The cool darkness of the old back hallway. Carpet feet, light falling in silver.
The green out the side window and the olive bending tenderly over my front window.
In the backyard under the maple spreading each of her red-green hands over me, a red-green net against the hot-oven sky. Stretched out on an Adirondack chair watching the dark-green pool send slivers of sunlight up to the leggy pears.
The dry heat warming my thighs under my book.
Hot tomatoes ripening in the sun, a scent too big for their tiny red cuteness.
As twilight falls, the cooling like you only get in the dry. Some stars coming out. Windows open to the crickets, the fireworks of early August.
Hedges. Gardenias. Camellias. Azaleas. Elms, ashes, oaks. Gold Spanish grasses.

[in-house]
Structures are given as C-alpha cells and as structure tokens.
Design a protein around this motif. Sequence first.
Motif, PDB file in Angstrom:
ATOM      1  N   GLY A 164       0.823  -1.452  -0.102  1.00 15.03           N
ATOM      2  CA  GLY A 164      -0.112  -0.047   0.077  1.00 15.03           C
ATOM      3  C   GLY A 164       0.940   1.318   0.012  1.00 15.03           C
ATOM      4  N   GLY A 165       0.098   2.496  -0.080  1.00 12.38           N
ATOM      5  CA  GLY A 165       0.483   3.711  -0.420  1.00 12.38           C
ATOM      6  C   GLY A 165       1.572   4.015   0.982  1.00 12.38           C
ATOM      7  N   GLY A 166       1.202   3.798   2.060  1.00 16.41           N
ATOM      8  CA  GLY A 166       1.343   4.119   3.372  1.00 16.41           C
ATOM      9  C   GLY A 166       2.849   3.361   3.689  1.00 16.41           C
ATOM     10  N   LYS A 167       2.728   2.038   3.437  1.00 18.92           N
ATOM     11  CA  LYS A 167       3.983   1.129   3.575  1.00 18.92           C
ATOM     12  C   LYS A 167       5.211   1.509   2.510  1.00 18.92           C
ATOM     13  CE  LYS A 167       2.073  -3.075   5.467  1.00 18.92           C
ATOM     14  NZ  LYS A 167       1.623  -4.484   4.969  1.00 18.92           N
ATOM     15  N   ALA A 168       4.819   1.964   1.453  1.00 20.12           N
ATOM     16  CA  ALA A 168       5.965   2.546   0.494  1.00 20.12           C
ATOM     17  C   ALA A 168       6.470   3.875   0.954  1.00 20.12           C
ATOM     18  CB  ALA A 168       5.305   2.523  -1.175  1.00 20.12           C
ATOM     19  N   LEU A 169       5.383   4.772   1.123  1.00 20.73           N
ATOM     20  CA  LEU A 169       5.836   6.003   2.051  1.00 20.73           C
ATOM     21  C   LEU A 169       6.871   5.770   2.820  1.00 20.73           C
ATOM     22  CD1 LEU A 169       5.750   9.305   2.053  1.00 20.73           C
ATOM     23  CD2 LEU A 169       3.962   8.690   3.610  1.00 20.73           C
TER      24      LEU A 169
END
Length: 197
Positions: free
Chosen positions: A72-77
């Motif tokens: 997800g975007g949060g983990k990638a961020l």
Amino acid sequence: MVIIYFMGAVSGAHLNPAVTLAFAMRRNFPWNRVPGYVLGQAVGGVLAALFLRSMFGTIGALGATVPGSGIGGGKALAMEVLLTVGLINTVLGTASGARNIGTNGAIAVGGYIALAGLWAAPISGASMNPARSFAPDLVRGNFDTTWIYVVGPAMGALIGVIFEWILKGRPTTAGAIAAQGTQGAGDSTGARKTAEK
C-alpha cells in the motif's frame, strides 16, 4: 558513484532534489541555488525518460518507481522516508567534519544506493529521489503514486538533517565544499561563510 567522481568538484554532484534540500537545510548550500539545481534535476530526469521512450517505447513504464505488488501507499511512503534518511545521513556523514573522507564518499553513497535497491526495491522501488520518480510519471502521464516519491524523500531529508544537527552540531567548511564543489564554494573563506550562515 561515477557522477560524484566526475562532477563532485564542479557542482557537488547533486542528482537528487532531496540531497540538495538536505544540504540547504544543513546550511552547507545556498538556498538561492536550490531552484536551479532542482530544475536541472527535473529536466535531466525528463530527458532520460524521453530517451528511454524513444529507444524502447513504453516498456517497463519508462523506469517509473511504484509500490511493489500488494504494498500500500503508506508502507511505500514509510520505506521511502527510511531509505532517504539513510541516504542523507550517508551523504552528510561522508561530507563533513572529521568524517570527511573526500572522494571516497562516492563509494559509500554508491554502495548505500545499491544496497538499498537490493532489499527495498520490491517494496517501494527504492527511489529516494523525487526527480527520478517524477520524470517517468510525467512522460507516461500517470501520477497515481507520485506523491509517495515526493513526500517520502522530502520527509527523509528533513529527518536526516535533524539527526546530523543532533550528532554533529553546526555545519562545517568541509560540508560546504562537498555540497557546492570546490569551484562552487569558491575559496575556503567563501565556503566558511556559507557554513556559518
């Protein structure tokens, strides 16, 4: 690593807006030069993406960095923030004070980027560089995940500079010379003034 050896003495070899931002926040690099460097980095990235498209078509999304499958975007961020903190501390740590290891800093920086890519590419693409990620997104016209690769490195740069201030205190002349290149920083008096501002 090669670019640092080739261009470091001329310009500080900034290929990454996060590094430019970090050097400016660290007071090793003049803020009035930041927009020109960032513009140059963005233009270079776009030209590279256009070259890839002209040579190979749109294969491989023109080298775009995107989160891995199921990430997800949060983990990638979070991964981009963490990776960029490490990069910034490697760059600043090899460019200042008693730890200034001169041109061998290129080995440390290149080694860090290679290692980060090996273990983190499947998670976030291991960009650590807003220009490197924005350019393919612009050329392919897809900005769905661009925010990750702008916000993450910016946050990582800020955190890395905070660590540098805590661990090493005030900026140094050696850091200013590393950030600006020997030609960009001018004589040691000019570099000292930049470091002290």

Coyote bushes scraping my bare legs as I cycle at a sprint. Sun falling into my open shoes. The fuggy water smell of the river. A glimpse of the snow-dark Sierras.
Silent craggy oaks casting oak shadows on the gold grass. Coyotes and jackrabbits loping across open spaces. Boulders, mini-cliffs.
Trees from everywhere. A city from a plain from a marsh from a desert.
The window open at night as I sleep. A cool breeze through the greenness of the trees. The contrasts. Gangs of turkeys revolting across the lawns. Tiny sidewalk footpaths between fences.
Little shops where people wear tee shirts, tennis shorts. SUVs down wide straight streets. Low buildings. All the quiet sprawl of the shrugging West.